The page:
As The Banshees of Inisherin, the new film from Martin McDonagh, the writer/director of “In Bruges” and “Three Billboards Outside Ebbing, Missouri” begins, Pádraic (Colin Farrell) looks like a man who understands his life and is content with it. He nods companionably at people he passes, as he walks along the spectacularly beautiful path of (fictional) Inisherin Island, off the coast of Northern Ireland. He knows where he fits into the world, he knows everyone around him and the names of all their animals, and he knows what each day holds, tending to his cows and the little donkey named Jenny that is a beloved pet, stopping at the home of his best friend Colm Doherty (Brendan Gleason) every day at 2:00 pm to invite him to the pub for some drinks before he goes home to dinner made by his sister Siobhan (Kerry Condon).

If he thought about it, which he does not, because he does not think about much and takes comfort in not having to think about much, Pádraic would feel comforted by that familiarity and certainty. So, as this movie begins, Pádraic pets Colm’s dog, as usual, then invites him to the pub, as usual, it is deeply disturbing when Colm does not answer and even more disturbing when Colm does come to the pub but will not sit with him. Pádraic offers to apologize for anything he may have done to insult or upset Colm. But Colm shakes him to the core by saying he no longer likes Pádraic or wants to be friends with him.

Colm has been doing some thinking about life and has decided he no longer has time for chit-chat about meaningless topics. He wants to spend all of the time he has left creating something that will live on after he is gone. Pádraic is not able to understand this. he believes that meaningless chit-chat has value because it is kind; perhaps it is all that has value. When he refuses to let Colm alone, Colm makes a terrible promise. He will cut off a finger every time Pádraic tries to speak to him.

Gleason and Farrell, re-teamed with “In Bruges” writer/director McDonogh, give performances of deep complexity and authenticity. We can see them each, in his own way, struggling with his thoughts and emotions they find difficult to explain. Director of Photography Ben Davis places this small story of a small quarrel in the midst of spectacular beauty, with an evocative core from Carter Burwell. The characters occasionally refer casually to the far-distant sounds of gunfire from the battles of the Irish civil war and one mentions the payment and free lunch he will get from providing security at an upcoming hanging, though he does not remember which side the condemned men were on. They may give some thought to existential questions about the meaning of life, but when it comes to the affairs of the world, they seem to have no impact at all. The local shop proprietor insists on being paid in local gossip as well as money, the more lurid the better as long as it does not pertain to someone she cares about. But no one seems connected enough to try to respond to what is going on. Everyone knows that the local policeman constantly abuses his son (a heart-wrenching performance by Barry Keoghan as the damaged man). Other than offering him a night in their home — only one, Siobhan insists, no one intervenes.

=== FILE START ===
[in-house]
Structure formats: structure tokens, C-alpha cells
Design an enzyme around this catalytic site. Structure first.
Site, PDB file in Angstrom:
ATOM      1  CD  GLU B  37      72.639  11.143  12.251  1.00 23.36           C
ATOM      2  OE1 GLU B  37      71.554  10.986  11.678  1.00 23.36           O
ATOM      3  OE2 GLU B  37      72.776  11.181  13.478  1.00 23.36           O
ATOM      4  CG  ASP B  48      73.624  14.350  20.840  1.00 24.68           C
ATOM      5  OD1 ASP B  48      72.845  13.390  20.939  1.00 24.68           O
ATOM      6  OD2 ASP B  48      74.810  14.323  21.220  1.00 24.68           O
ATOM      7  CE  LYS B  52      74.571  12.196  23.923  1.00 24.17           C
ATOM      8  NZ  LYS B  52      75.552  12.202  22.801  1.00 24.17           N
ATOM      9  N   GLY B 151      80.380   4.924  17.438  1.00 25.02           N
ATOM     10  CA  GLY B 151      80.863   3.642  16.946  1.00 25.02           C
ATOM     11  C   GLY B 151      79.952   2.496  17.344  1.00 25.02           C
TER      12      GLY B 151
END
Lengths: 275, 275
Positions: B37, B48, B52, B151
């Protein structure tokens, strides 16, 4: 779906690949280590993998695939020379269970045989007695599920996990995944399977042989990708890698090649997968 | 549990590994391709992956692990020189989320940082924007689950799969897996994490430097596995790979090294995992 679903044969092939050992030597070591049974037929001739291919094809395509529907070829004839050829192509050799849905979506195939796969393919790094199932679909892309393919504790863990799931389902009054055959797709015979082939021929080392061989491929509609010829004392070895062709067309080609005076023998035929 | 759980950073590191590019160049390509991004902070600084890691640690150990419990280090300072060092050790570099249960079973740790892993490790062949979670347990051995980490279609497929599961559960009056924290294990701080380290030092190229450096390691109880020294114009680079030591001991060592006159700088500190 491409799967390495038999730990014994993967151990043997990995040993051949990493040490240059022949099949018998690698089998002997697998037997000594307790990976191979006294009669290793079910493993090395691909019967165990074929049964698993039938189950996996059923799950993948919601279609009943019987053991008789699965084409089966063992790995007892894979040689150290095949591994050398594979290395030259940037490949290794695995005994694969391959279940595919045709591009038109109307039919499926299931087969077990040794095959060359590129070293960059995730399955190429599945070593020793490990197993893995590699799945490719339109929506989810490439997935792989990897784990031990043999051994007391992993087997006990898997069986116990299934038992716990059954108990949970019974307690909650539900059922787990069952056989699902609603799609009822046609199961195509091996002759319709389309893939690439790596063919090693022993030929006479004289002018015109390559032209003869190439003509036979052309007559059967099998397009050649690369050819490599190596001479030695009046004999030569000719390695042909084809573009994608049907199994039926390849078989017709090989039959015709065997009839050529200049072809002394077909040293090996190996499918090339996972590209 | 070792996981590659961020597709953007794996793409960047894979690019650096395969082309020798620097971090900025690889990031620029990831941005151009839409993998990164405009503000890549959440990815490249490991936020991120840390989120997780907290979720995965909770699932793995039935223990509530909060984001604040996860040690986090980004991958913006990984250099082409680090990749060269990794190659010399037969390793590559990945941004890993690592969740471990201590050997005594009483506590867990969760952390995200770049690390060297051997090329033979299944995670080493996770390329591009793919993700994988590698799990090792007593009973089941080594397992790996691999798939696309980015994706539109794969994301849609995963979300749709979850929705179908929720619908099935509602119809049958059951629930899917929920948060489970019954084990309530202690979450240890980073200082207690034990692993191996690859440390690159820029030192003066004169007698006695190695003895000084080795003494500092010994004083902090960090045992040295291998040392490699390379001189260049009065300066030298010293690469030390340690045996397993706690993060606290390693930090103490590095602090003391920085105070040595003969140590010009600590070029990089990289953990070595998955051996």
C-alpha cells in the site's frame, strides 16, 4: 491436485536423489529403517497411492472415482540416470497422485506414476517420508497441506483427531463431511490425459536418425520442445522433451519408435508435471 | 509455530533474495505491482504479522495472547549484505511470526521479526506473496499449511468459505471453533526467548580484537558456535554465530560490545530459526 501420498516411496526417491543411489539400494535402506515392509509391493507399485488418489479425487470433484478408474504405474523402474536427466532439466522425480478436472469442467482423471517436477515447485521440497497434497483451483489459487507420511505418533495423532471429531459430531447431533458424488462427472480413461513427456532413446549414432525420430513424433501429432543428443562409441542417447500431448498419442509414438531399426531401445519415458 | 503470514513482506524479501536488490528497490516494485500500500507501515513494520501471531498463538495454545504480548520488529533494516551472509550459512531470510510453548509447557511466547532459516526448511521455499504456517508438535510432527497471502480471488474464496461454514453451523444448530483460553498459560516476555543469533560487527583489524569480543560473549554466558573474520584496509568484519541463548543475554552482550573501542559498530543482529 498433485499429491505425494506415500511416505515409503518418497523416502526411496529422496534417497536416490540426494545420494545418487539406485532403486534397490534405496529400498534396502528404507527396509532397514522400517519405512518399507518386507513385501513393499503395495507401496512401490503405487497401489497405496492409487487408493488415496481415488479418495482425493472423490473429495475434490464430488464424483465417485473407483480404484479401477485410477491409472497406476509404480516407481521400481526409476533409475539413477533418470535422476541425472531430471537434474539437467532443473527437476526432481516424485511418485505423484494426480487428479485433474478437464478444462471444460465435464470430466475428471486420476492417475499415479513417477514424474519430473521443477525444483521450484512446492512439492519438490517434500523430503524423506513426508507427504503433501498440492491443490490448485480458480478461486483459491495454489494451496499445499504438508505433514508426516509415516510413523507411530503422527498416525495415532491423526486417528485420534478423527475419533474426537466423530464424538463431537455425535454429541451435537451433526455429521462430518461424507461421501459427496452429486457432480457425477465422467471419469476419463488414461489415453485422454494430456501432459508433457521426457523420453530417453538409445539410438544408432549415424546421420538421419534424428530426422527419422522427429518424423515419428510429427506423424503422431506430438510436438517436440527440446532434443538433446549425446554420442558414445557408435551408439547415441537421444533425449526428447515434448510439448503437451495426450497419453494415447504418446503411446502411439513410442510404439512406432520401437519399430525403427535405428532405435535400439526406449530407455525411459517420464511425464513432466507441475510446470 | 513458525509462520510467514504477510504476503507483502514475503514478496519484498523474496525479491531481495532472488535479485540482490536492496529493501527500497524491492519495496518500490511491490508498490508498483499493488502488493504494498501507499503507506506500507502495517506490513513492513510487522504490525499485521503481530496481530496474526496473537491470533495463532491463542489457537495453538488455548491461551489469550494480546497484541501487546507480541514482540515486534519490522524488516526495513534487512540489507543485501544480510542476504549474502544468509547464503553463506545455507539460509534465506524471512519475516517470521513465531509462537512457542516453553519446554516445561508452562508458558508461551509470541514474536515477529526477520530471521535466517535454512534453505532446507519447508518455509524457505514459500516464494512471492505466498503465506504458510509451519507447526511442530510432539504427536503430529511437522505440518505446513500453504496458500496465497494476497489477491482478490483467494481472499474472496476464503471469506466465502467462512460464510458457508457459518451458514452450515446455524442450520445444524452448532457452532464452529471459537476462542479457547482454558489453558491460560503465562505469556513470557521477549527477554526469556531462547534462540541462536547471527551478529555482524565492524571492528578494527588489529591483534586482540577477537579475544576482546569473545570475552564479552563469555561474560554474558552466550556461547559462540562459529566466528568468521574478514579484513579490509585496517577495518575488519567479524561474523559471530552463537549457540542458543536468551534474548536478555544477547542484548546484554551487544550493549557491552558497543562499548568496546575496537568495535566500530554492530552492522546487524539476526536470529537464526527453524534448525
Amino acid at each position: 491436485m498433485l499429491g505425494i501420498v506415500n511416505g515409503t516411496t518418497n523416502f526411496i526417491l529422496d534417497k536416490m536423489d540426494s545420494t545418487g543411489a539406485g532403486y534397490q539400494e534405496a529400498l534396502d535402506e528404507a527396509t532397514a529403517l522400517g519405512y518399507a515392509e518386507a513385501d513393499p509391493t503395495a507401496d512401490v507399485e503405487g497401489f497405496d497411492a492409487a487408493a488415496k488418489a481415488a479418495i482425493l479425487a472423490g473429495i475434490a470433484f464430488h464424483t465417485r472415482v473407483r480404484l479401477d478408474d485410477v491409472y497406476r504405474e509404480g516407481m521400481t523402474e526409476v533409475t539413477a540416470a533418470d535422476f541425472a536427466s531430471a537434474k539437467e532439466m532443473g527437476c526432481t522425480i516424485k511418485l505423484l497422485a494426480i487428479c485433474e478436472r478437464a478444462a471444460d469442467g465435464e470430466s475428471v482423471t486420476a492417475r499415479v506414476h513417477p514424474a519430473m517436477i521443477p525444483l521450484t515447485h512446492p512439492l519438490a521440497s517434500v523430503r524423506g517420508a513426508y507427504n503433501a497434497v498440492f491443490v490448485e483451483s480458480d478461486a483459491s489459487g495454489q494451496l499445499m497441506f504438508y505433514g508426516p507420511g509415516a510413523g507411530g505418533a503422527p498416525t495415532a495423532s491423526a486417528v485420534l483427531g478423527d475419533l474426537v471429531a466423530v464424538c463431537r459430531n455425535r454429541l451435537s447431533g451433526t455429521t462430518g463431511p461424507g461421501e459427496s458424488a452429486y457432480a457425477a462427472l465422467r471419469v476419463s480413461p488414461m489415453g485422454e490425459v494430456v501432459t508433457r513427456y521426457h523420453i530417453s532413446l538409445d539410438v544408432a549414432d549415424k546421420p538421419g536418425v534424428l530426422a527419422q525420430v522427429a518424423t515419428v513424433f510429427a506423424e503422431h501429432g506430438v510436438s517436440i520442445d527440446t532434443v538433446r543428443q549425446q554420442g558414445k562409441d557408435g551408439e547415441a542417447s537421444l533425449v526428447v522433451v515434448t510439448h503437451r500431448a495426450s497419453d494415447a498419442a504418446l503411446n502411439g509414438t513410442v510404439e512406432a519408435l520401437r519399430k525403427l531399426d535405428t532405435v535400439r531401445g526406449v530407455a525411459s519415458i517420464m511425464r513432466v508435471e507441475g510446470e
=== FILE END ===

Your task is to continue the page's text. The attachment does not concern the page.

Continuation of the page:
There’s a sterility to the community. None of the main characters are married and we see almost no children. Siobhan is the only one who seems connected to the larger world, through a love of books the rest of the community considers mildly odd. And yet, in their own way, each of the characters is trying to find purpose. Neither Pádraic nor Colm is right. Kindness and art are both ways to find meaning. They may be wrong in considering them mutually exclusive. McDonagh pursues these questions here, as he did in “Three Billboards Outside Ebbing, Missouri” and “In Bruges,” with a unique combination of dark humor, shocking violence, and an invitation to the audience that is both heightened and very real.